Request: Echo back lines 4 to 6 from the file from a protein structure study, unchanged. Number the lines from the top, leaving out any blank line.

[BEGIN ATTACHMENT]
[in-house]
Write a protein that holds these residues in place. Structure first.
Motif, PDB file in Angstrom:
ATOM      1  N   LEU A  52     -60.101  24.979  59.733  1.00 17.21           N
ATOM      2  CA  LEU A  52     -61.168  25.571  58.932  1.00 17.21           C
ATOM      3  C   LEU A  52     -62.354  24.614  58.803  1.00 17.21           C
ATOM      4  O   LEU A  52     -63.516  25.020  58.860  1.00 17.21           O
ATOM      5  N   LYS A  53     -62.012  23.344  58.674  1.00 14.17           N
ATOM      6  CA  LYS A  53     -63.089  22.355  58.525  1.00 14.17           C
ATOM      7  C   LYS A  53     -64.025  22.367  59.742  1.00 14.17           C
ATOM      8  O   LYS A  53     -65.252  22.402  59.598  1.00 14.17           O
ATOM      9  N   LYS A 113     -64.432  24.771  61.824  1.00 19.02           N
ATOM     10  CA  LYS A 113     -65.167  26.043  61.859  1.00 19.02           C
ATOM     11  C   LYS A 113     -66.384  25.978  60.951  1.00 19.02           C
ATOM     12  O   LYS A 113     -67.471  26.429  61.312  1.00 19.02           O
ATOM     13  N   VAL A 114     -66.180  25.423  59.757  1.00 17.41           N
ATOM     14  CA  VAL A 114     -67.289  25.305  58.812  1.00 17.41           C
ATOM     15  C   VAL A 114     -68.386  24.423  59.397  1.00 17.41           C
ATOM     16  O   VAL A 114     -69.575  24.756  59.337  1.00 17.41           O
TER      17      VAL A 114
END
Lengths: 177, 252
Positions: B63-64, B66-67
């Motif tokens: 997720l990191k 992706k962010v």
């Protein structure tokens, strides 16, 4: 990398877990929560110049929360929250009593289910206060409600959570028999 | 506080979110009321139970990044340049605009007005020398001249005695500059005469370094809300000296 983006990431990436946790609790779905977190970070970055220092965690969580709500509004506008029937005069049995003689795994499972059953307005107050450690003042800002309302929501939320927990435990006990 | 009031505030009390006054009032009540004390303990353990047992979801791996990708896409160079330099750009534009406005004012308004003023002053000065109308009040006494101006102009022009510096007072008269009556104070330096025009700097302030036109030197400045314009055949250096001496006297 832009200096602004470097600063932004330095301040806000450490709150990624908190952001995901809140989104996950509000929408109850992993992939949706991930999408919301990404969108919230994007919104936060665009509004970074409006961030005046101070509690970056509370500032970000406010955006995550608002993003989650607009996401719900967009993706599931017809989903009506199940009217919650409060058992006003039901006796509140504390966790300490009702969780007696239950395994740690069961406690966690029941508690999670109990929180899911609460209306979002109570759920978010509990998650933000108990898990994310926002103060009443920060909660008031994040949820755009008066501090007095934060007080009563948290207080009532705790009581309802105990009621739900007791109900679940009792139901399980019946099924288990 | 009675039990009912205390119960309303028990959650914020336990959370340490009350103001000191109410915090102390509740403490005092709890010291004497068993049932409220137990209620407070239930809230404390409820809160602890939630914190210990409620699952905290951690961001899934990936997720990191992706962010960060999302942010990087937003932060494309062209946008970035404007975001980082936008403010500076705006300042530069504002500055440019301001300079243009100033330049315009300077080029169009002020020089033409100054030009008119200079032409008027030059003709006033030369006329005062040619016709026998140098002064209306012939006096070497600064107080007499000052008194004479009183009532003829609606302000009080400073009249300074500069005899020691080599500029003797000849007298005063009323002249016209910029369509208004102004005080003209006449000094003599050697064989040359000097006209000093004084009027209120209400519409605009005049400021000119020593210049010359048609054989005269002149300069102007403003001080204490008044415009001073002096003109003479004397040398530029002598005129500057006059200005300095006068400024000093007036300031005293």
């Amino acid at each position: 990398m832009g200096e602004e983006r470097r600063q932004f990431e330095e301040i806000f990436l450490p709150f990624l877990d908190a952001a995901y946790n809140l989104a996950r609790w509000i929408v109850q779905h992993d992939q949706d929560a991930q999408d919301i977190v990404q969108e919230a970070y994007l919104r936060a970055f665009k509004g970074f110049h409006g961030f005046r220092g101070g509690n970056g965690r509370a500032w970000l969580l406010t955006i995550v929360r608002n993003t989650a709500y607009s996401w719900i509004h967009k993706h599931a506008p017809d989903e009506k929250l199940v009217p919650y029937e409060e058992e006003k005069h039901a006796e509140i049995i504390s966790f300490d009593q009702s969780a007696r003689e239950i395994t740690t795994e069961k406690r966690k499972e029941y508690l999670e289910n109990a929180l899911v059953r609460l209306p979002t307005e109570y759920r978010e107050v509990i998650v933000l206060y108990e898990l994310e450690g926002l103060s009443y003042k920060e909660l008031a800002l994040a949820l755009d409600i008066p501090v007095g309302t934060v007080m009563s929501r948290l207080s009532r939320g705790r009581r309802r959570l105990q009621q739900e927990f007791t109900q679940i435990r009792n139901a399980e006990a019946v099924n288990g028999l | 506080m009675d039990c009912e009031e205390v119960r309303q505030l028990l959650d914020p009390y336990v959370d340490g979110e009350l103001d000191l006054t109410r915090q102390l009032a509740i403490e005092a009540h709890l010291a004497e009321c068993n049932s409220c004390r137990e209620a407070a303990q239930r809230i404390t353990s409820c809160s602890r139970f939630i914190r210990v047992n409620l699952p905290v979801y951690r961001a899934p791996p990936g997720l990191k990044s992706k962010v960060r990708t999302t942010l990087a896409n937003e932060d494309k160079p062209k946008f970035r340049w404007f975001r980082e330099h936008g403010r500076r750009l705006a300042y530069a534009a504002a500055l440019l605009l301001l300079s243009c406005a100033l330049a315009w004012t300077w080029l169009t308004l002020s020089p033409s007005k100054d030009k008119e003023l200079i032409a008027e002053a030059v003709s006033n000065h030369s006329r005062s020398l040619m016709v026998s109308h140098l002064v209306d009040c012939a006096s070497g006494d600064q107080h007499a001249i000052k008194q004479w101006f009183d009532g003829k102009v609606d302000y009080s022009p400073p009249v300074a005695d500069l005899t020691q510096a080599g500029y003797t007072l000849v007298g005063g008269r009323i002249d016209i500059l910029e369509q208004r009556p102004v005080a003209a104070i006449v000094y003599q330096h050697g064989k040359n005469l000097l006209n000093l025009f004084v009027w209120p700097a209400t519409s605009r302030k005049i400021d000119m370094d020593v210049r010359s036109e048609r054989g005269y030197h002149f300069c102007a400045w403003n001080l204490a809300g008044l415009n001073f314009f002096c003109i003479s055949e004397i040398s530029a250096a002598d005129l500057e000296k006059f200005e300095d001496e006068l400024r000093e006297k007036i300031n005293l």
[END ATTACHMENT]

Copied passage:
ATOM      1  N   LEU A  52     -60.101  24.979  59.733  1.00 17.21           N
ATOM      2  CA  LEU A  52     -61.168  25.571  58.932  1.00 17.21           C
ATOM      3  C   LEU A  52     -62.354  24.614  58.803  1.00 17.21           C